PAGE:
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Urinary Problems in Cats

By Susan Moss, All The Best Pet Care
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A common problem for cats is Feline Lower Urinary Tract Disease (FLUTD), an inflammation of the lining of the blander and/or urethra. It’s caused by the formation of struvite mineral deposits in the urinary tract. Symptoms are increased frequency of urination and discomfort and strain during urination due to a partial blockage of the urethra. Blood in the urine, crying in the litter box and urinating outside the box are tip-offs. It’s most common in neutered males, but occurs in females as well. If left untreated, total blockage may occur, resulting in death. A cat with symptoms of FLUTD should be seen right away by a veterinarian, who can unblock the passages and will often prescribe an antibiotic to combat any secondary bladder infection.

Dietary factors: 

Since both the causes and the prevention of this problem are dietary in nature, cats should be fed a diet aimed at preventing the onset of this condition.

1. Feed a cat food high in animal protein. 

Flesh foods maintain an acidic pH in the urinary tract, keeping the minerals dissolved in the urine so they can be excreted out. Most dry foods are high in grain proteins, which are alkalizing. Meat-based foods are better than grain-based foods! Raw meat diets are best at preventing FLUTD, followed by canned foods, which contain more meat and fewer grains than dry food. 

2.  Feed a cat food low in ash and magnesium. 

“Ash” refers to the total mineral content of a food. It gets its name from the laboratory procedure used to measure mineral content—burning a sample at high heat until nothing is left but the mineral ash. The major minerals calcium, phosphorus and magnesium are all necessary for life, so “ashless” cat food is not desirable. The right amount and balance of minerals are necessary. Excessive minerals, and especially excessive magnesium (a major component of the struvite crystals) are thought to be underlying factors in FLUTD. In dry foods look for less than 7% ash and 1% magnesium. In wet foods (containing 78% water) look for less than 1.5% ash and 0.02% magnesium.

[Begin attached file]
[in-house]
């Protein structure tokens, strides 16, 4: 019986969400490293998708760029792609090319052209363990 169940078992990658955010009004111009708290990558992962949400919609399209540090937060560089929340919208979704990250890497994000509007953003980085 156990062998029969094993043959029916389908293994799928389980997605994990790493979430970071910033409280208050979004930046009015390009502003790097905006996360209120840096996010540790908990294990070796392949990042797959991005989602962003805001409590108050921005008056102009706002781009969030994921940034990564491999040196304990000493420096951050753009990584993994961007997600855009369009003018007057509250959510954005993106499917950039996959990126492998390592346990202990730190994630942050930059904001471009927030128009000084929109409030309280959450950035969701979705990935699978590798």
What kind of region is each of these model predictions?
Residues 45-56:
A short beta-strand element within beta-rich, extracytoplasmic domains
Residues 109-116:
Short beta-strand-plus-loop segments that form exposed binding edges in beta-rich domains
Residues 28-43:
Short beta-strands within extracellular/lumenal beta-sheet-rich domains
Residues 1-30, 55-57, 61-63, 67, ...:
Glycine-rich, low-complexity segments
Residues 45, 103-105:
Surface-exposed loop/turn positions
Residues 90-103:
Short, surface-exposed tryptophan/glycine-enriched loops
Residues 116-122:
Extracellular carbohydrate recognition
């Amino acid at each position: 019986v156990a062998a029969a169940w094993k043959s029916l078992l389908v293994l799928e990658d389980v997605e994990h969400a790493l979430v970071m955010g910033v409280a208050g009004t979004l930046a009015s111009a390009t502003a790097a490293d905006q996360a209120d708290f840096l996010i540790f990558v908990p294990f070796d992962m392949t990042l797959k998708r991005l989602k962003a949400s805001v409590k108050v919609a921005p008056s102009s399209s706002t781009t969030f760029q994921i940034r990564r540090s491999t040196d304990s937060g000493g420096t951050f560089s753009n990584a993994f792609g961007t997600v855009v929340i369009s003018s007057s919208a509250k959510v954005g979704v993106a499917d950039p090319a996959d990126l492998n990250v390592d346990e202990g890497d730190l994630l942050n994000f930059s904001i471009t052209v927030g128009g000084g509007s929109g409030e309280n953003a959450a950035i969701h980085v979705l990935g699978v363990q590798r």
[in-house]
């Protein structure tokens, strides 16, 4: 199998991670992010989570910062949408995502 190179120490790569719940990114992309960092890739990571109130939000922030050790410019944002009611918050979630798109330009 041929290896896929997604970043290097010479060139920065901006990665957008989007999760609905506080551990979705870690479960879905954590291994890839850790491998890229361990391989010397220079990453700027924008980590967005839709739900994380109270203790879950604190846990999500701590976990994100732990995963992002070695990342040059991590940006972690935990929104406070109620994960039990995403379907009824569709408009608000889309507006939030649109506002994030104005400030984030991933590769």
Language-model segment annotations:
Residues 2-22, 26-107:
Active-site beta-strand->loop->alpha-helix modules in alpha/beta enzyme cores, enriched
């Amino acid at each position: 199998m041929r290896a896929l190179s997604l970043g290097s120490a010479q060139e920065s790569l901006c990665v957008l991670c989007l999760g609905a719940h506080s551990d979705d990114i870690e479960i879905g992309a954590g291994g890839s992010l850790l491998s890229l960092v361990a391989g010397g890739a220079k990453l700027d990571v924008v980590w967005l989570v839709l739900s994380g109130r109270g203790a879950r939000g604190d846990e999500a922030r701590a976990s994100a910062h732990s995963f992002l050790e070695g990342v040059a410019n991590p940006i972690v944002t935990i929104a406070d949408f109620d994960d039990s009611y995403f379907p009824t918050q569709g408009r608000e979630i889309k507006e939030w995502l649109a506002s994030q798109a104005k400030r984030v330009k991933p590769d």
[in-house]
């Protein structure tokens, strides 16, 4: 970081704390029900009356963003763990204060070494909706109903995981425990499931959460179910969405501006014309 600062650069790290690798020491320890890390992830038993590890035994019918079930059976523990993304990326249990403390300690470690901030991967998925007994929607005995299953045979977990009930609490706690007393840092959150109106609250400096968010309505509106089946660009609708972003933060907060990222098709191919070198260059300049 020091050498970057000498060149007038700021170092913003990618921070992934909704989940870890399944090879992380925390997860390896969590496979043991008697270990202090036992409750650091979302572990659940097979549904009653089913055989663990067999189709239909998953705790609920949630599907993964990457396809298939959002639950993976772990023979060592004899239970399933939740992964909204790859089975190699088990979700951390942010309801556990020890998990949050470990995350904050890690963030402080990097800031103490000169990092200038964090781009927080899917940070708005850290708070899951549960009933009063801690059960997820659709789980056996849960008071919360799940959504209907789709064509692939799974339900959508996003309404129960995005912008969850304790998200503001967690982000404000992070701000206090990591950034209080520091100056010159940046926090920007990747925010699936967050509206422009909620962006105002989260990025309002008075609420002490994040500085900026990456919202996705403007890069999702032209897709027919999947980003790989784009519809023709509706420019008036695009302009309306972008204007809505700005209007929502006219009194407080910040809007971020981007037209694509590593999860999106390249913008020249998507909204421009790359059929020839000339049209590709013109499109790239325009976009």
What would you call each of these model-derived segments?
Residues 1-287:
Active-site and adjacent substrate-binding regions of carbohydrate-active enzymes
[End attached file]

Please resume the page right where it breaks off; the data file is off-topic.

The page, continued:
3. Use a supplement that promotes good urinary health. 

Both vitamin C and the amino acid DL-methionine are natural urinary acidifiers. Cranberry extract can prevent harmful bacteria from attaching to the bladder wall to cause infection. These three ingredients are combined with highly active digestive enzymes in Enzymes pH, our supplement for cats prone to urinary infections. Animals Apawthecary Tinkle Tonic is an herbal tincture that can reduce inflammation and fight infection in the urinary tract.

4. Make sure your cat drinks enough water. 

Dilution of the urine is a frequently overlooked factor in FLUTD. Cats who only eat dry food may be chronically dehydrated, without sufficient fluids in their systems to flush the kidneys. In nature, cats get most of their fluids from their juicy prey, and don’t have an instinct for water drinking. The simplest route to correcting dehydration is to feed a wet food diet, or provide a cascading water fountain that encourages cats to drink. Place water away from food, because cats are more likely to use a water source away from their “kill.”

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